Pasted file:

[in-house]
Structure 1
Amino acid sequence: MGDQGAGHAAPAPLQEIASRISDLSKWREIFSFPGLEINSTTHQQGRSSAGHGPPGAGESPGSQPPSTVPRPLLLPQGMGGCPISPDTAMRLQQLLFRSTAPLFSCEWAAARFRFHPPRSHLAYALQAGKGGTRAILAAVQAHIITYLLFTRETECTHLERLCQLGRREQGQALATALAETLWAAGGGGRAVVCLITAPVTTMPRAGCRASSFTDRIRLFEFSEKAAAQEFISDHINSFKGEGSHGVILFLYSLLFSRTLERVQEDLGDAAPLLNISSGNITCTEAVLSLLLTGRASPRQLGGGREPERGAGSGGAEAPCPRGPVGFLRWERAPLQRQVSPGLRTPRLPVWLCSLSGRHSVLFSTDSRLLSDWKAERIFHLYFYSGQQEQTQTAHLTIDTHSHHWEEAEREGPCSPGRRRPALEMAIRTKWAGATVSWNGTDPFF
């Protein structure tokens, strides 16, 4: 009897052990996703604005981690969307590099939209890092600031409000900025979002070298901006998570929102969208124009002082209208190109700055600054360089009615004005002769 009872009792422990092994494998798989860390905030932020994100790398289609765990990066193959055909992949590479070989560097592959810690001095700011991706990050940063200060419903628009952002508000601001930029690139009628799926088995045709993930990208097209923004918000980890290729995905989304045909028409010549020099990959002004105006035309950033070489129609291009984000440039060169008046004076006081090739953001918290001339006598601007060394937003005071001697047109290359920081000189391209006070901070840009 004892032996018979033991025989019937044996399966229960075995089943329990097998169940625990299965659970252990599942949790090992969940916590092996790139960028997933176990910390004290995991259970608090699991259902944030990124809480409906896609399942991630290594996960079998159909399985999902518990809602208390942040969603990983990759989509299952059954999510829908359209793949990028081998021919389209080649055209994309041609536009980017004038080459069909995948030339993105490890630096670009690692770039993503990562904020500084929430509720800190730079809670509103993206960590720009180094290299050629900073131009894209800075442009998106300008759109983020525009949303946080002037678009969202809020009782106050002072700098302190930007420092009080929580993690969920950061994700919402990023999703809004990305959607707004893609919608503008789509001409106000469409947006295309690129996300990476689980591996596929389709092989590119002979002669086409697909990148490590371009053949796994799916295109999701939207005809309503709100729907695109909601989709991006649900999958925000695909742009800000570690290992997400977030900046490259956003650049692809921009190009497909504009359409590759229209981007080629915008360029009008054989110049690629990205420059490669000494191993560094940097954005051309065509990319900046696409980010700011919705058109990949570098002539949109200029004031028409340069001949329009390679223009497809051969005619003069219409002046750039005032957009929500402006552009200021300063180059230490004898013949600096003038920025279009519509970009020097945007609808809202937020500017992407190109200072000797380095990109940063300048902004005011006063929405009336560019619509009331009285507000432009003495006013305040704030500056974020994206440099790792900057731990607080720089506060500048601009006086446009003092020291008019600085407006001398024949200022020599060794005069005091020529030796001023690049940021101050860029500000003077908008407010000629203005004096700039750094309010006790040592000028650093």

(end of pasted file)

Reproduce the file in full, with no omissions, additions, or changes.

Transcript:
[in-house]
Structure 1
Amino acid sequence: MGDQGAGHAAPAPLQEIASRISDLSKWREIFSFPGLEINSTTHQQGRSSAGHGPPGAGESPGSQPPSTVPRPLLLPQGMGGCPISPDTAMRLQQLLFRSTAPLFSCEWAAARFRFHPPRSHLAYALQAGKGGTRAILAAVQAHIITYLLFTRETECTHLERLCQLGRREQGQALATALAETLWAAGGGGRAVVCLITAPVTTMPRAGCRASSFTDRIRLFEFSEKAAAQEFISDHINSFKGEGSHGVILFLYSLLFSRTLERVQEDLGDAAPLLNISSGNITCTEAVLSLLLTGRASPRQLGGGREPERGAGSGGAEAPCPRGPVGFLRWERAPLQRQVSPGLRTPRLPVWLCSLSGRHSVLFSTDSRLLSDWKAERIFHLYFYSGQQEQTQTAHLTIDTHSHHWEEAEREGPCSPGRRRPALEMAIRTKWAGATVSWNGTDPFF
């Protein structure tokens, strides 16, 4: 009897052990996703604005981690969307590099939209890092600031409000900025979002070298901006998570929102969208124009002082209208190109700055600054360089009615004005002769 009872009792422990092994494998798989860390905030932020994100790398289609765990990066193959055909992949590479070989560097592959810690001095700011991706990050940063200060419903628009952002508000601001930029690139009628799926088995045709993930990208097209923004918000980890290729995905989304045909028409010549020099990959002004105006035309950033070489129609291009984000440039060169008046004076006081090739953001918290001339006598601007060394937003005071001697047109290359920081000189391209006070901070840009 004892032996018979033991025989019937044996399966229960075995089943329990097998169940625990299965659970252990599942949790090992969940916590092996790139960028997933176990910390004290995991259970608090699991259902944030990124809480409906896609399942991630290594996960079998159909399985999902518990809602208390942040969603990983990759989509299952059954999510829908359209793949990028081998021919389209080649055209994309041609536009980017004038080459069909995948030339993105490890630096670009690692770039993503990562904020500084929430509720800190730079809670509103993206960590720009180094290299050629900073131009894209800075442009998106300008759109983020525009949303946080002037678009969202809020009782106050002072700098302190930007420092009080929580993690969920950061994700919402990023999703809004990305959607707004893609919608503008789509001409106000469409947006295309690129996300990476689980591996596929389709092989590119002979002669086409697909990148490590371009053949796994799916295109999701939207005809309503709100729907695109909601989709991006649900999958925000695909742009800000570690290992997400977030900046490259956003650049692809921009190009497909504009359409590759229209981007080629915008360029009008054989110049690629990205420059490669000494191993560094940097954005051309065509990319900046696409980010700011919705058109990949570098002539949109200029004031028409340069001949329009390679223009497809051969005619003069219409002046750039005032957009929500402006552009200021300063180059230490004898013949600096003038920025279009519509970009020097945007609808809202937020500017992407190109200072000797380095990109940063300048902004005011006063929405009336560019619509009331009285507000432009003495006013305040704030500056974020994206440099790792900057731990607080720089506060500048601009006086446009003092020291008019600085407006001398024949200022020599060794005069005091020529030796001023690049940021101050860029500000003077908008407010000629203005004096700039750094309010006790040592000028650093």